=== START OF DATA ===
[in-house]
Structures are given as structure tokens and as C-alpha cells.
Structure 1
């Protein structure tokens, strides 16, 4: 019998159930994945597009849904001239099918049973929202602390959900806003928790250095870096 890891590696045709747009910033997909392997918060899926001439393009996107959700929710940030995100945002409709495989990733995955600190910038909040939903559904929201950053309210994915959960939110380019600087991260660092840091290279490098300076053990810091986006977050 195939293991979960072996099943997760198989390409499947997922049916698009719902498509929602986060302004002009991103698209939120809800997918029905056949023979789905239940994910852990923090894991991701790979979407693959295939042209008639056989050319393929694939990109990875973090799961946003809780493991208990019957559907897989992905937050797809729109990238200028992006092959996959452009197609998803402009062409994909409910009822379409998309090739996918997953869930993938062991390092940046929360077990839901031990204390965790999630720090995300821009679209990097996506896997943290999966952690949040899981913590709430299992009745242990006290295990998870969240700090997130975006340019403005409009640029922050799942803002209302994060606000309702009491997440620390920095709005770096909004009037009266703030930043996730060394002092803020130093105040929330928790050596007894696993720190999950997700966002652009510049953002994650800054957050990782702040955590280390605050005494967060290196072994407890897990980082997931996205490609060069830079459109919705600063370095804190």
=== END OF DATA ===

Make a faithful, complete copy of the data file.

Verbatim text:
[in-house]
Structures are given as structure tokens and as C-alpha cells.
Structure 1
């Protein structure tokens, strides 16, 4: 019998159930994945597009849904001239099918049973929202602390959900806003928790250095870096 890891590696045709747009910033997909392997918060899926001439393009996107959700929710940030995100945002409709495989990733995955600190910038909040939903559904929201950053309210994915959960939110380019600087991260660092840091290279490098300076053990810091986006977050 195939293991979960072996099943997760198989390409499947997922049916698009719902498509929602986060302004002009991103698209939120809800997918029905056949023979789905239940994910852990923090894991991701790979979407693959295939042209008639056989050319393929694939990109990875973090799961946003809780493991208990019957559907897989992905937050797809729109990238200028992006092959996959452009197609998803402009062409994909409910009822379409998309090739996918997953869930993938062991390092940046929360077990839901031990204390965790999630720090995300821009679209990097996506896997943290999966952690949040899981913590709430299992009745242990006290295990998870969240700090997130975006340019403005409009640029922050799942803002209302994060606000309702009491997440620390920095709005770096909004009037009266703030930043996730060394002092803020130093105040929330928790050596007894696993720190999950997700966002652009510049953002994650800054957050990782702040955590280390605050005494967060290196072994407890897990980082997931996205490609060069830079459109919705600063370095804190």